October 22, 2004


Afghanistan, Iraq: Two Wars Collide (Barton Gellman and Dafna Linzer, October 22, 2004, Washington Post)

As the war on terrorism enters its fourth year, its results are sufficiently diffuse -- and obscured in secrecy -- to resist easy measure. Interpretations of the public record are also polarized by the claims and counterclaims of the presidential campaign. Bush has staked his reelection on an argument that defense of the U.S. homeland requires unyielding resolve to take the fight to the terrorists. His opponent, Sen. John F. Kerry (D-Mass.), portrays the Bush strategy as based on false assumptions and poor choices, particularly when it came to Iraq.

The contention that the Iraq invasion was an unwise diversion in confronting terrorism has been central to Kerry's critique of Bush's performance. But this account -- drawn largely from interviews with those who have helped manage Bush's offensive -- shows how the debate over that question has echoed within the ranks of the administration as well, even among those who support much of the president's agenda.

Interviews with those advisers also highlight an internal debate over Bush's strategy against al Qaeda and allied jihadists, which has stressed the "decapitation" of the network by capturing or killing leaders, but which has had less success in thwarting recruitment of new militants.

At the core of Bush's approach is an offensive strategy abroad that Homeland Security Secretary Tom Ridge said complements the defensive efforts he oversees at home. In an interview, Ridge said Bush's priority is to "play as hard and strong an offense as possible," most of it "offshore, overseas."

Published and classified documents and interviews with officials at many levels portray a war plan that scored major victories in its first months. Notable among them were the destruction of al Qaeda's Afghan sanctuary, the death or capture of leading jihadists, and effective U.S. demands for action by reluctant foreign governments.

But at least a dozen current and former officials who have held key positions in conducting the war now say they see diminishing returns in Bush's decapitation strategy. Current and former leaders of that effort, three of whom departed in frustration from the top White House terrorism post, said the manhunt is important but cannot defeat the threat of jihadist terrorism. Classified government tallies, moreover, suggest that Bush and Vice President Cheney have inflated the manhunt's success in their reelection bid.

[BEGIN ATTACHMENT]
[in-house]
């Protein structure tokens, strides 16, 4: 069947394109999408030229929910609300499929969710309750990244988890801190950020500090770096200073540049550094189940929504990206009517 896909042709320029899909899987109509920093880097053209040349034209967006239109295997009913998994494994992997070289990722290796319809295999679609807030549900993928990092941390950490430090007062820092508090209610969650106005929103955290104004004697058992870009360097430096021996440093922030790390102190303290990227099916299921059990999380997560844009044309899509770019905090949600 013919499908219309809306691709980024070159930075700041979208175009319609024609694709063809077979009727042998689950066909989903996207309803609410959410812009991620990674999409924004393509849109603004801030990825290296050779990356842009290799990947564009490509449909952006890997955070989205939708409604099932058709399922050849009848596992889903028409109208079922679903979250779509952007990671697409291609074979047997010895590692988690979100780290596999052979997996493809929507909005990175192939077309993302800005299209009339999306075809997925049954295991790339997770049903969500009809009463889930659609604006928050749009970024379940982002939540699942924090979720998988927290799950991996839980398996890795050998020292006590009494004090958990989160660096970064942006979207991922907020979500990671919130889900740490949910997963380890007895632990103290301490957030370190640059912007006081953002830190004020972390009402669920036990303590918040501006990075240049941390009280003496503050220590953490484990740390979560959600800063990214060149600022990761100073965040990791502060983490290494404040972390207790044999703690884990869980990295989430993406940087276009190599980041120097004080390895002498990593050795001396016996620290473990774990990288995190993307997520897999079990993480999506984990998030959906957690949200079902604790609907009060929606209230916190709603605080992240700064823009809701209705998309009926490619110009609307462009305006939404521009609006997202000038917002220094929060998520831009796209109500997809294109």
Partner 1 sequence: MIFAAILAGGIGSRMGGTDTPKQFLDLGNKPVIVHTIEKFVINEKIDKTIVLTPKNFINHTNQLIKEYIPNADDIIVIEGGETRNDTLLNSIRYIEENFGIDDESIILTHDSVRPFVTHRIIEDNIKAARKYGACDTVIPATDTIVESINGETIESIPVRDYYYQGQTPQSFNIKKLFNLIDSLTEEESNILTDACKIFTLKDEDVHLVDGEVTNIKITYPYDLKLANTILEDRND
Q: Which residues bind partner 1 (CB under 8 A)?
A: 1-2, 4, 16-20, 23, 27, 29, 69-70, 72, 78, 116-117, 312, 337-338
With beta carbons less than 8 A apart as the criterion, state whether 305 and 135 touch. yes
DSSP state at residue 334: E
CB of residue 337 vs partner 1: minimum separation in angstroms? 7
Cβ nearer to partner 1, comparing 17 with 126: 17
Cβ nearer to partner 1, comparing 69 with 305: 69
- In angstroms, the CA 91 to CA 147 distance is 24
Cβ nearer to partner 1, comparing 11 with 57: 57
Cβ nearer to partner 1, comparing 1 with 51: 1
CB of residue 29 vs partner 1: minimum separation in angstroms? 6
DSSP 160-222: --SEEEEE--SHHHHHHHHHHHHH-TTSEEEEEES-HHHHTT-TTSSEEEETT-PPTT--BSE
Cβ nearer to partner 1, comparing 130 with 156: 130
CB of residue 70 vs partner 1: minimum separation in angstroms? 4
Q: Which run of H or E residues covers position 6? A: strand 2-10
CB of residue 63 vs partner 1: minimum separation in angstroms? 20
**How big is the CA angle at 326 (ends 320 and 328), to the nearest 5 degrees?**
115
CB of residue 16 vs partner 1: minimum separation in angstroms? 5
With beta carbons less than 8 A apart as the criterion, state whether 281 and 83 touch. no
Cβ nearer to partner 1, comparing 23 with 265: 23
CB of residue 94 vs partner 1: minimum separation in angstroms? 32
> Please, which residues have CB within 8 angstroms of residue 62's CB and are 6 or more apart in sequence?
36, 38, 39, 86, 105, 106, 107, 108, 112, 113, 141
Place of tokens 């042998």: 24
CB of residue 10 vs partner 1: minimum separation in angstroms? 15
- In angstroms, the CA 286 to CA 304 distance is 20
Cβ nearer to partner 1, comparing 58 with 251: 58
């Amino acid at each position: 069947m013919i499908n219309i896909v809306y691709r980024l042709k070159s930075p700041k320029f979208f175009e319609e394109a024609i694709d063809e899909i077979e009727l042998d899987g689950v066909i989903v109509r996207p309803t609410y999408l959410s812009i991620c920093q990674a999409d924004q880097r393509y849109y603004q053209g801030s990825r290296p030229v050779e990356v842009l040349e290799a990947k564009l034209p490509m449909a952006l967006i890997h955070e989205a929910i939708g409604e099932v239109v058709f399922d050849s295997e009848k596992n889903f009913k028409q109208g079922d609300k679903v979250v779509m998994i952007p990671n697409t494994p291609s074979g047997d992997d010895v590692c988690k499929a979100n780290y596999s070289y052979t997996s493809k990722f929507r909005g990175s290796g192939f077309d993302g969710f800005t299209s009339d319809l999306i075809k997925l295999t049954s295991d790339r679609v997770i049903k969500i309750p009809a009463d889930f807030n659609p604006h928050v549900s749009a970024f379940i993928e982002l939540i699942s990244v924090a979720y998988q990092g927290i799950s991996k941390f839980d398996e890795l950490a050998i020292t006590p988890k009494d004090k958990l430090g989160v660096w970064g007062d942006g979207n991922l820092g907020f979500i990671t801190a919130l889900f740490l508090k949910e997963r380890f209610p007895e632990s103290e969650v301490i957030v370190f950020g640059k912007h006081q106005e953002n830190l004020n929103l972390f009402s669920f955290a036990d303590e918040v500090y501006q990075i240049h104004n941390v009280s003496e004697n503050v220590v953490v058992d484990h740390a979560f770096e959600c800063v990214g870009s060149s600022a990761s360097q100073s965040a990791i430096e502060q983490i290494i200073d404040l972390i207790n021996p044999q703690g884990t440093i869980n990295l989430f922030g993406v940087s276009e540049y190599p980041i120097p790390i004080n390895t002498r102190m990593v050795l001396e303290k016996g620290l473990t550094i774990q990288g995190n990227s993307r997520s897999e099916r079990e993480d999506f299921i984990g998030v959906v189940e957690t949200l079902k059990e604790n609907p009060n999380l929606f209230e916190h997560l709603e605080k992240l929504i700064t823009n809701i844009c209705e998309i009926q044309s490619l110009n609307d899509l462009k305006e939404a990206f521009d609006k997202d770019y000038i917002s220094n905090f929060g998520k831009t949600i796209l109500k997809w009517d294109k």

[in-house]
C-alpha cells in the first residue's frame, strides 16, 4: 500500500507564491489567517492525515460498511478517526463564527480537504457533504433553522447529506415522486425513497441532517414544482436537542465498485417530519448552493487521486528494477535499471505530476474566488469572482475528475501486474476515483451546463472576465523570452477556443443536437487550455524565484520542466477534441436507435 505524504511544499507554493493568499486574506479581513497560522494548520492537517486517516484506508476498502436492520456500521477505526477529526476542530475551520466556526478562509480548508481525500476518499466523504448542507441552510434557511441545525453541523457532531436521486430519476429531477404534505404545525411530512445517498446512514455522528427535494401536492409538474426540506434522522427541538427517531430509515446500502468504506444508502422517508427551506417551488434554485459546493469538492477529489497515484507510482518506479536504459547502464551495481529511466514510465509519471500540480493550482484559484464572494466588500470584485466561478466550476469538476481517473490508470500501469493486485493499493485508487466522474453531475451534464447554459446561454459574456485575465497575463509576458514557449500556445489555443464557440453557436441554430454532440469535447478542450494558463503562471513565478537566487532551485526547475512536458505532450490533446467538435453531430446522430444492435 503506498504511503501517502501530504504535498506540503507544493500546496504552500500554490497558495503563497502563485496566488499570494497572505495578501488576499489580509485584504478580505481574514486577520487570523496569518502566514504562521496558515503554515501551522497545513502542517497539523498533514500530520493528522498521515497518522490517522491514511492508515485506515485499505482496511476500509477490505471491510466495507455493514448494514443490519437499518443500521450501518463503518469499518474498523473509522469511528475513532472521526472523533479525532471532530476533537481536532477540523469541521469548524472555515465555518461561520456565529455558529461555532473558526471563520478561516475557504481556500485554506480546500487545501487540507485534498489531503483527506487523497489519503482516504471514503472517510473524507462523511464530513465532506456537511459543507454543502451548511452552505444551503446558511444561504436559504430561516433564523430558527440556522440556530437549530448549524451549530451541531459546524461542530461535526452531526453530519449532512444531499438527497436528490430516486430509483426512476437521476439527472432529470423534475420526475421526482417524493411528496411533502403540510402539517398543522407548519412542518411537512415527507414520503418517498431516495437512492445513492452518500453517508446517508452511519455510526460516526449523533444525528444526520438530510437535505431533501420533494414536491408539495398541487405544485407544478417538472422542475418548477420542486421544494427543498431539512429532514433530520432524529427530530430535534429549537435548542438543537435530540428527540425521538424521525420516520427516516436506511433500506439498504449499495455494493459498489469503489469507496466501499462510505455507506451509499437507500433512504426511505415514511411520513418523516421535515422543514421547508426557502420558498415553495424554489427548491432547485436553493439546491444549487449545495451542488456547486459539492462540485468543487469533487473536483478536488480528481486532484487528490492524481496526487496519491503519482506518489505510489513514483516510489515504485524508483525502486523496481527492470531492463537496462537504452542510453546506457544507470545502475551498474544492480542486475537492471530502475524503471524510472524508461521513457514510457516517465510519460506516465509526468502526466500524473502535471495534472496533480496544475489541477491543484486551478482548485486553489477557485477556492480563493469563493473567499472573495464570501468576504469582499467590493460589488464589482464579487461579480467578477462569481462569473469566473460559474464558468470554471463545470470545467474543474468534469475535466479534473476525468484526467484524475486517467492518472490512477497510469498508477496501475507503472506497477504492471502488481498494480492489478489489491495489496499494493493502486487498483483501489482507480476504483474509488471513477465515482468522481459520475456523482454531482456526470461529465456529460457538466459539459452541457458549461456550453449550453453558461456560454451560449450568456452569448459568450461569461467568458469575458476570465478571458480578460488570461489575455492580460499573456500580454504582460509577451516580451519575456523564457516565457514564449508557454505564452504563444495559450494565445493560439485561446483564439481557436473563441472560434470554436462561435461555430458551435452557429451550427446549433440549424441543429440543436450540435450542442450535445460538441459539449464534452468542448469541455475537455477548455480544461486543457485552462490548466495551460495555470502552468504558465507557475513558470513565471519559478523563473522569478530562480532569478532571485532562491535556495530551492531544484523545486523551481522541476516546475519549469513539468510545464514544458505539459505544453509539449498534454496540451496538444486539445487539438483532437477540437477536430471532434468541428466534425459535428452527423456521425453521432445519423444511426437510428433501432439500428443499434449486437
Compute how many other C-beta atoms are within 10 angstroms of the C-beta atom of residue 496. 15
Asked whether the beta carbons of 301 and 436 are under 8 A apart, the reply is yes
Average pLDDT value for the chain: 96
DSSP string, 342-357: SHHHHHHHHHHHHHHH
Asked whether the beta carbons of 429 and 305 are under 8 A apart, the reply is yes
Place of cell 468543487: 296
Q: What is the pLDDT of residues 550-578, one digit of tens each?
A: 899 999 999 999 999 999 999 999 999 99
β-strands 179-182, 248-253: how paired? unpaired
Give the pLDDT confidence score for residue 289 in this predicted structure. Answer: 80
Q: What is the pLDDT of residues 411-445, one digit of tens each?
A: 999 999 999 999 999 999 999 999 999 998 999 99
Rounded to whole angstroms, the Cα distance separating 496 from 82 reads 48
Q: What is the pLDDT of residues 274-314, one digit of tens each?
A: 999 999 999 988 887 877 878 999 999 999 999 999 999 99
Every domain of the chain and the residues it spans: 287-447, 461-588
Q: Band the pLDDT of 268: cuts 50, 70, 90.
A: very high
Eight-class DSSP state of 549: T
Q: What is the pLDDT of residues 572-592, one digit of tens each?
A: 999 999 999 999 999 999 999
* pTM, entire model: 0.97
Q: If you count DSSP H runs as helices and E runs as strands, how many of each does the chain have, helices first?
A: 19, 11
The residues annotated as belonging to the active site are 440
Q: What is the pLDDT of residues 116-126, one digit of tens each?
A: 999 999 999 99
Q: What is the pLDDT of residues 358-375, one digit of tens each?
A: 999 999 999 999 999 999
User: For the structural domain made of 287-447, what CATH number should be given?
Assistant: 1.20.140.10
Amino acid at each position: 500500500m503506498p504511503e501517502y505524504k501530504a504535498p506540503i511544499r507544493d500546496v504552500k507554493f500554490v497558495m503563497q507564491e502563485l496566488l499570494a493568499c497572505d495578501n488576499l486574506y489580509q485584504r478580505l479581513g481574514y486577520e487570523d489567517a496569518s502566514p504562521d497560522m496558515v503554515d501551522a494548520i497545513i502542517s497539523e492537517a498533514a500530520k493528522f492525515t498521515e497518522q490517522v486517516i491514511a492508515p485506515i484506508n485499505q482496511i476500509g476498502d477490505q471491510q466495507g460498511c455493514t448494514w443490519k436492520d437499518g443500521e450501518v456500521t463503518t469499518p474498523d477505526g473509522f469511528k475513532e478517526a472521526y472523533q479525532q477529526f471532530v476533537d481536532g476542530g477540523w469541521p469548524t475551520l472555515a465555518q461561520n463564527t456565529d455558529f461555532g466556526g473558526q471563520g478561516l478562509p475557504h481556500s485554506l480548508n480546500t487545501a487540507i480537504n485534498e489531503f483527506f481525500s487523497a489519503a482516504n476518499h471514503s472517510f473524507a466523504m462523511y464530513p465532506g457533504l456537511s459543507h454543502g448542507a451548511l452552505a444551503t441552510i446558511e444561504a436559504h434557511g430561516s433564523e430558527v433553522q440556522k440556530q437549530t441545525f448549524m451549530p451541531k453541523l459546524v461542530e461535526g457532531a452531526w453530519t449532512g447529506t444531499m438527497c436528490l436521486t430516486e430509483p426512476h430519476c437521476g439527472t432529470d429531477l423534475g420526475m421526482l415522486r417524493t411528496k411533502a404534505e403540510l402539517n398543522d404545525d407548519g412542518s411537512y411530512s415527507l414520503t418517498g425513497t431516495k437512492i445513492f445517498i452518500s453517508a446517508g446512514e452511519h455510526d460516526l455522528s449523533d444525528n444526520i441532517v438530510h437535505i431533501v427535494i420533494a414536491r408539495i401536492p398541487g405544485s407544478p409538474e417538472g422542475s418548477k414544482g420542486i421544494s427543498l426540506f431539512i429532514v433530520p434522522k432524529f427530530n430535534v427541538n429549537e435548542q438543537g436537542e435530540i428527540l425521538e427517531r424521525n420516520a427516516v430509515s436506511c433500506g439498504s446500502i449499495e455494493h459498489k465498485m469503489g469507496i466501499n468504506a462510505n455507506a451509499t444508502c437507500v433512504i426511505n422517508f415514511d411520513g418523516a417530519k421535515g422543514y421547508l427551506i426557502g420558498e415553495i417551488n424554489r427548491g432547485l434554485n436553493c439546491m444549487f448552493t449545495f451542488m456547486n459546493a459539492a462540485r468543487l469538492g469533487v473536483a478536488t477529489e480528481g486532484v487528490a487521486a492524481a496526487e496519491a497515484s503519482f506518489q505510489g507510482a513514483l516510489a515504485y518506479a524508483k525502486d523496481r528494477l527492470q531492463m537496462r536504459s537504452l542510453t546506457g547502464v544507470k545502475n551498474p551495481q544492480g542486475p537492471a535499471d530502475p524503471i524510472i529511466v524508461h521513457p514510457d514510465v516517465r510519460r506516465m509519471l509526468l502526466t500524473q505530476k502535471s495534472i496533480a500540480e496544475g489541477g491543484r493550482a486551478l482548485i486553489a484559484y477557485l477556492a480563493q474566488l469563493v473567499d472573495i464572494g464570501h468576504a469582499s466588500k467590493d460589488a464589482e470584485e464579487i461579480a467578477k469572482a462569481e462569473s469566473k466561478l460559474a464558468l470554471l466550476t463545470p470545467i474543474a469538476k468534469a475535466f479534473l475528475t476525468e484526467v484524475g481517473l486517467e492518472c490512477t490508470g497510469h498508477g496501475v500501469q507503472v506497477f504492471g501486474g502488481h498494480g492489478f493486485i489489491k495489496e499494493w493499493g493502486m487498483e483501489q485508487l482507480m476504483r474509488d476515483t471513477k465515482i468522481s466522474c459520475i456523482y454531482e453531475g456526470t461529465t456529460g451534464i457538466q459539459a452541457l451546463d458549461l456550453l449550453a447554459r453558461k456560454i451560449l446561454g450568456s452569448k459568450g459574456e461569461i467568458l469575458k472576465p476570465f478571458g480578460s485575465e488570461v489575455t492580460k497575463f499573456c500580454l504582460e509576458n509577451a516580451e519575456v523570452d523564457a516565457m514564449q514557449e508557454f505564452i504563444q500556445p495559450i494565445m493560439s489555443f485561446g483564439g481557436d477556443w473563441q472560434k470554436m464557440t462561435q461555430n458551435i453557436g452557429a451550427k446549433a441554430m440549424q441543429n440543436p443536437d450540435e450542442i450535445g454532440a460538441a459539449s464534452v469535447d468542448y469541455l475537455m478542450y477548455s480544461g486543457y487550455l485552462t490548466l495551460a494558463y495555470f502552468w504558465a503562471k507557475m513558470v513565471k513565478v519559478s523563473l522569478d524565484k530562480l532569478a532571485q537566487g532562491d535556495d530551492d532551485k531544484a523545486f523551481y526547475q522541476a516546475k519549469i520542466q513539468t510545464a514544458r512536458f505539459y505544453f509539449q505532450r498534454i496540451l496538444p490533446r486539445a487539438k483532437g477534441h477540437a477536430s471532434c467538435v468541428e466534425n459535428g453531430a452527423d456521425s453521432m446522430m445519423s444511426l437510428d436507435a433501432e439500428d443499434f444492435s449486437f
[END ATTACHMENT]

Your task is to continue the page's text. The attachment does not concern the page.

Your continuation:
Bush's focus on the instruments of force, the officials said, has been slow to adapt to a swiftly changing enemy. Al Qaeda, they said, no longer exerts centralized control over a network of operational cells.

Perhaps the reasons are psychological--that his father headed CIA and was an ambassador--or perhaps he's just smarter than even his supporters give him credit for, but whatever the cause, thank goodness that the President ignores the intelligence and diplomatic types or we'd be chasing around an al Qaeda which, as the authors note, we effectively destroyed two years ago.

The President instead has pursued a Reaganesque strategy of transforming the Middle East and assuming that as Islamic nations evolve into liberal democratic capitalist protestant societies like the rest of us the problem of Islamicism will take care of itself.

John Kerry, of course, would follow the CIA/State model and traipse commandos around in Western Pakistan while propping up the authoritarian regimes of the Middle East, as a billion Muslims became ever more disgusted with their lives and even with life.

Posted by Orrin Judd at October 22, 2004 12:19 PM

Wasn't the "CIA/State model" what got the Middle East (and us) into this mess in the first place?

Posted by: Ken at October 22, 2004 12:47 PM

Ken: I would say the current ME mess was created by the British/French division following WWI which was designed to establish and maintain their commercial interests. Since the world economy has changed, it is only natural that these obsolete arrangements should also change. The CIA/State people are the Eurosyncophants, whose time to go has also come. Though they carp on the way out, Bush is patiently purging CIA/State of these relics by attrition.

As to the article, it is unadulterated balderdash. Both we and the Israelis have proved the decapitation model effective, and if it does result in more recruits, this is irrelevant. Such untrained, poorly equipped and financed groups are unable to effectively attack the U.S. (the primary purpose of the exercise), and their local terrorism only prodes the ME countries to finally deal with them and modernize.

Posted by: jd watson at October 22, 2004 1:23 PM